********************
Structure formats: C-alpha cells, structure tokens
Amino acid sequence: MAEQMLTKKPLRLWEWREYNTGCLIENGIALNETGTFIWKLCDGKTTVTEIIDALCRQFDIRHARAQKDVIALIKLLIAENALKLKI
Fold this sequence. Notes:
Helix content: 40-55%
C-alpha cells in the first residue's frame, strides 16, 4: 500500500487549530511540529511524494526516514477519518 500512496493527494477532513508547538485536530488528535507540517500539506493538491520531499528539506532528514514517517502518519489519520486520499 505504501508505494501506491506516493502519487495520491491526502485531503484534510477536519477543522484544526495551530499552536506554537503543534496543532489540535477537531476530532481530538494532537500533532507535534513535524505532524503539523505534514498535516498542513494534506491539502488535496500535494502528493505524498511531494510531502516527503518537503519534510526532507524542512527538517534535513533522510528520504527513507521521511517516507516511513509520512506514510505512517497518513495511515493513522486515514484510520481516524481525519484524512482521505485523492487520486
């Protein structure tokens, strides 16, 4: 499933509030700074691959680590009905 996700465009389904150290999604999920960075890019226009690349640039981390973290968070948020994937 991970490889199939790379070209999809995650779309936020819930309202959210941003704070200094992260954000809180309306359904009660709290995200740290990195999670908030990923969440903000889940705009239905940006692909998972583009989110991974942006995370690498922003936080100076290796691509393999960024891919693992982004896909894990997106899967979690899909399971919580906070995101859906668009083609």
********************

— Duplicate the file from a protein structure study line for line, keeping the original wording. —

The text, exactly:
Structure formats: C-alpha cells, structure tokens
Amino acid sequence: MAEQMLTKKPLRLWEWREYNTGCLIENGIALNETGTFIWKLCDGKTTVTEIIDALCRQFDIRHARAQKDVIALIKLLIAENALKLKI
Fold this sequence. Notes:
Helix content: 40-55%
C-alpha cells in the first residue's frame, strides 16, 4: 500500500487549530511540529511524494526516514477519518 500512496493527494477532513508547538485536530488528535507540517500539506493538491520531499528539506532528514514517517502518519489519520486520499 505504501508505494501506491506516493502519487495520491491526502485531503484534510477536519477543522484544526495551530499552536506554537503543534496543532489540535477537531476530532481530538494532537500533532507535534513535524505532524503539523505534514498535516498542513494534506491539502488535496500535494502528493505524498511531494510531502516527503518537503519534510526532507524542512527538517534535513533522510528520504527513507521521511517516507516511513509520512506514510505512517497518513495511515493513522486515514484510520481516524481525519484524512482521505485523492487520486
């Protein structure tokens, strides 16, 4: 499933509030700074691959680590009905 996700465009389904150290999604999920960075890019226009690349640039981390973290968070948020994937 991970490889199939790379070209999809995650779309936020819930309202959210941003704070200094992260954000809180309306359904009660709290995200740290990195999670908030990923969440903000889940705009239905940006692909998972583009989110991974942006995370690498922003936080100076290796691509393999960024891919693992982004896909894990997106899967979690899909399971919580906070995101859906668009083609």